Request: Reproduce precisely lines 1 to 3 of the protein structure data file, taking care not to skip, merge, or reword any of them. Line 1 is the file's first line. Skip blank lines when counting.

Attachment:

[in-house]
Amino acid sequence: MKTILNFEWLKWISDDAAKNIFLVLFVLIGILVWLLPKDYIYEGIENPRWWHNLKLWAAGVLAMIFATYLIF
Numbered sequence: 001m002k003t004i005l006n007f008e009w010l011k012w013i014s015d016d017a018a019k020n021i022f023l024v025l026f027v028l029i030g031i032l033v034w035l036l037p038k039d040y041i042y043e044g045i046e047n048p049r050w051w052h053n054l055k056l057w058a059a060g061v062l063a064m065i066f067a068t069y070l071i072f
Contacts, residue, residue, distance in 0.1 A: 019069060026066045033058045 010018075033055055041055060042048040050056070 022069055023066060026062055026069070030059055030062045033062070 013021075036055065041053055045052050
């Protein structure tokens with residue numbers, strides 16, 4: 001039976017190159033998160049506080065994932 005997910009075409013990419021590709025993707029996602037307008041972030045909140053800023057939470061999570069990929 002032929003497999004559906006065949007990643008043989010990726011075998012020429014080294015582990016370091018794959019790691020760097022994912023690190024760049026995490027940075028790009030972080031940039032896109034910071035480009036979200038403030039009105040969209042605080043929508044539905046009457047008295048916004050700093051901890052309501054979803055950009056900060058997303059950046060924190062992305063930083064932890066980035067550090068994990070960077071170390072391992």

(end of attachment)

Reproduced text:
[in-house]
Amino acid sequence: MKTILNFEWLKWISDDAAKNIFLVLFVLIGILVWLLPKDYIYEGIENPRWWHNLKLWAAGVLAMIFATYLIF
Numbered sequence: 001m002k003t004i005l006n007f008e009w010l011k012w013i014s015d016d017a018a019k020n021i022f023l024v025l026f027v028l029i030g031i032l033v034w035l036l037p038k039d040y041i042y043e044g045i046e047n048p049r050w051w052h053n054l055k056l057w058a059a060g061v062l063a064m065i066f067a068t069y070l071i072f